MUKUND BIHARI KAUSHAL (73) says he attended three schools in his life—government schools in places like Bareilly, Kanpur, Haridwar and Etawah and schools called ‘family’ and ‘police department’. The first kindled his interest in history and literature and helped him figure among the top 15 in the Union Public Service Commission’s (UPSC) examination for the Indian Police Service (IPS) in 1962.
The second, represented by his grandfather, Raghunath Prasad Kaushal, father, Harish Chand Kaushal and mother, Shyama Kaushal, taught him how to live for others and not to consider anybody inferior (chhota) in life. The trio taught him by example. Raghunath Prasad willed his entire property—land, orchards and house in Kanpur/Fatehpur district of Uttar Pradesh—to a religious charity. Harish Chand, who served as chief engineer in various districts of UP, played benefactor to the children of many of his family members and other acquaintances. Shyama, daughter of a prominent lawyer in Lakhimpur, taught him not to ever look down on children of his family servants who studied with him in government schools. She also taught him to share with others.
As for his third ‘school’, Kaushal says his 37 years in police service and the government taught him to care for his subordinates and people at large, be their leader and fight for their welfare. It taught him to stand by his people and not flinch from owning up to their and his own mistakes.
“My parents were my role models. I learnt from them to be a good human being. I learnt that the criteria of judging your life should be how many people you have been good to. A good human being is the one who lives for others,” says the 1963 AGMUT (Arunachal-Goa-Mizoram and Union Territory)-cadre officer, who served as Delhi Police Commissioner from February 1992 to January 1995. Kaushal joined the IPS on July 10, 1963.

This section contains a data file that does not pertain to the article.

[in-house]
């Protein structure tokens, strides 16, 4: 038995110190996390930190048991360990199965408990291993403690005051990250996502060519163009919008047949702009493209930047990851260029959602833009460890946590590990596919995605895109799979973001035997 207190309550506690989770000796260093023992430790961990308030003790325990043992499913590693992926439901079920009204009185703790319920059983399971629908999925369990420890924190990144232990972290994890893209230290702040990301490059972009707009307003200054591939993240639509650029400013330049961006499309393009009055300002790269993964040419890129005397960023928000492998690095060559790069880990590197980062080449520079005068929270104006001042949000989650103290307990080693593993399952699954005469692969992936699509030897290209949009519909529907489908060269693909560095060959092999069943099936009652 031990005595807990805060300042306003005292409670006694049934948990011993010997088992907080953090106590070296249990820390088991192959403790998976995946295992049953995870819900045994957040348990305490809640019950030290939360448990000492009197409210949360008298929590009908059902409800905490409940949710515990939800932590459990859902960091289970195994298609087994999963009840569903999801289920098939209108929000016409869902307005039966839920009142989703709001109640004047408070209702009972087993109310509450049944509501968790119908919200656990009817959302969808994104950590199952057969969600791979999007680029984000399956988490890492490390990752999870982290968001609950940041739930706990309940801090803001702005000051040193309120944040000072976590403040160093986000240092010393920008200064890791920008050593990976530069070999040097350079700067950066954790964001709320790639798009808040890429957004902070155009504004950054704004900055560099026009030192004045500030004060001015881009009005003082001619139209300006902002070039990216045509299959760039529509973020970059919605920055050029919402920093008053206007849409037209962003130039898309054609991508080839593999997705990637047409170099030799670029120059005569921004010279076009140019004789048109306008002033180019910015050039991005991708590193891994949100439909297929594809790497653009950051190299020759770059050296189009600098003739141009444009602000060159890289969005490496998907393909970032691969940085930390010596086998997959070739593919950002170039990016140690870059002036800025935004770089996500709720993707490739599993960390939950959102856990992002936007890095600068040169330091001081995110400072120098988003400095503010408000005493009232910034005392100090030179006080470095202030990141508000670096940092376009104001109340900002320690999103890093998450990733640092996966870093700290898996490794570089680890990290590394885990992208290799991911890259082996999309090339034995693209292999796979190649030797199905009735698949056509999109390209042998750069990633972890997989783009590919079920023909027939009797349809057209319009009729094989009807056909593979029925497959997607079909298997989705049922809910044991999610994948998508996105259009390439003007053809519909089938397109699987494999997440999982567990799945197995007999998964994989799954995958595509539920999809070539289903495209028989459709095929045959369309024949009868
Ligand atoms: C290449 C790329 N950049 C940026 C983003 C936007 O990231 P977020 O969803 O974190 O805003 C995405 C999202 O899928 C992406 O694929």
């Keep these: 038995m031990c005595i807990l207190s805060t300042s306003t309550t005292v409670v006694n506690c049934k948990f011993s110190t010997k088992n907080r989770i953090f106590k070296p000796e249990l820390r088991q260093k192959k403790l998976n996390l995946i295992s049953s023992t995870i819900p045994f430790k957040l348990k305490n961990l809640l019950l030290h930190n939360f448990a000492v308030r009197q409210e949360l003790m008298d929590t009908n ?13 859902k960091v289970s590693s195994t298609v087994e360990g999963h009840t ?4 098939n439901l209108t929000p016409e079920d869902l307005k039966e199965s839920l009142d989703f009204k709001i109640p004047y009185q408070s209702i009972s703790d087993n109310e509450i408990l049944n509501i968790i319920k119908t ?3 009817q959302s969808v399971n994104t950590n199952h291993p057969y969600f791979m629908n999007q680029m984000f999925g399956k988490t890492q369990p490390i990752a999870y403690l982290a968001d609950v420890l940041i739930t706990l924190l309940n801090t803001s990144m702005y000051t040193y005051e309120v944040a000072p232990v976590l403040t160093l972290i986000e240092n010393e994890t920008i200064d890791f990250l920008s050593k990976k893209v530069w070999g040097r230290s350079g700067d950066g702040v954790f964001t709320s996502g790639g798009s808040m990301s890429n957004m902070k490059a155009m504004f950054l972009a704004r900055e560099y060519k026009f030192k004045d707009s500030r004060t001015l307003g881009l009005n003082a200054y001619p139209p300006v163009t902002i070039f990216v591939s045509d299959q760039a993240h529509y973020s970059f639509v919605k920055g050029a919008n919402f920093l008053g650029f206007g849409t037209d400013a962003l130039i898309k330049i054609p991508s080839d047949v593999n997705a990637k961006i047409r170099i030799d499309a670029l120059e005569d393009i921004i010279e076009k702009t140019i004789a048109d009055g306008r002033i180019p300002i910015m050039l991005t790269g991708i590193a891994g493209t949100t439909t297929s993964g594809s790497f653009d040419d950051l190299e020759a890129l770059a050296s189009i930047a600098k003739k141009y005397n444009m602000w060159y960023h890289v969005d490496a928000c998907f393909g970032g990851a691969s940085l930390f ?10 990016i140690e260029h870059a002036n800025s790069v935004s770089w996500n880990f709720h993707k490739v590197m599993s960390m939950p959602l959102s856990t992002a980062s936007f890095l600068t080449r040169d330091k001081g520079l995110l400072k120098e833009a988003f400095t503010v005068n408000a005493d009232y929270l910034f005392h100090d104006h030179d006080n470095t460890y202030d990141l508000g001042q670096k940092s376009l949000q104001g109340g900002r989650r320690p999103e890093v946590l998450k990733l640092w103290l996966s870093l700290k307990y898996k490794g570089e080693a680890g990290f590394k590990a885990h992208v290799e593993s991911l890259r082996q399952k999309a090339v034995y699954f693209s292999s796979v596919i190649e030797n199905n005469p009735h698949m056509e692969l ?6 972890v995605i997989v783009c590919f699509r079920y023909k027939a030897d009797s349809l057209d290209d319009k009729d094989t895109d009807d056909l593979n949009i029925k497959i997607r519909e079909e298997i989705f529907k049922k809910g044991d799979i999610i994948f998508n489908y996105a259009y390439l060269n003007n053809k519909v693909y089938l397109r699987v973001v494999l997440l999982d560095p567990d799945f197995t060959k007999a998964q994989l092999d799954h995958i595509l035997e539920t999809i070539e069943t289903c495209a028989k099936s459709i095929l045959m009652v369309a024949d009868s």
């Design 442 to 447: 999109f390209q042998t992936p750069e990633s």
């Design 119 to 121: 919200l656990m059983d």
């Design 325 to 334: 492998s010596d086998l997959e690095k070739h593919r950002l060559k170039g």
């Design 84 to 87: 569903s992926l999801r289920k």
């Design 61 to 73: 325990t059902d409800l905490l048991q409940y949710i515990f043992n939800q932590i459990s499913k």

Kaushal spent around three years in the Central Reserve Police Force (CRPF). He was Additional DG CRPF and Chief Coordinator during elections in Jammu & Kashmir—first parliamentary elections and then Assembly polls. In September 1996, he was promoted to the post of DG and led the paramilitary for over a year. He became the first IPS officer to be made Secretary (Internal Security) in the Union Ministry of Home Affairs before retiring on December 31, 2001.
Kaushal, who had a long tenure as police commissioner and was extremely popular among his staff, still draws inspiration from the goodness of his father. He makes it a point to go to Roorkee University (earlier Thomson College of Engineering), from where his father had passed out, every time he visits the city in Uttarakhand. “Memories are always a big support,” he notes.
It all started in the mid-1960s with his first posting as Assistant Superintendent of Police (ASP) in Shahdara (now part of North-East Delhi), when he was asked to evict unauthorised cart vendors from the suburb’s chhota bazaar to unclog a thoroughfare in the market.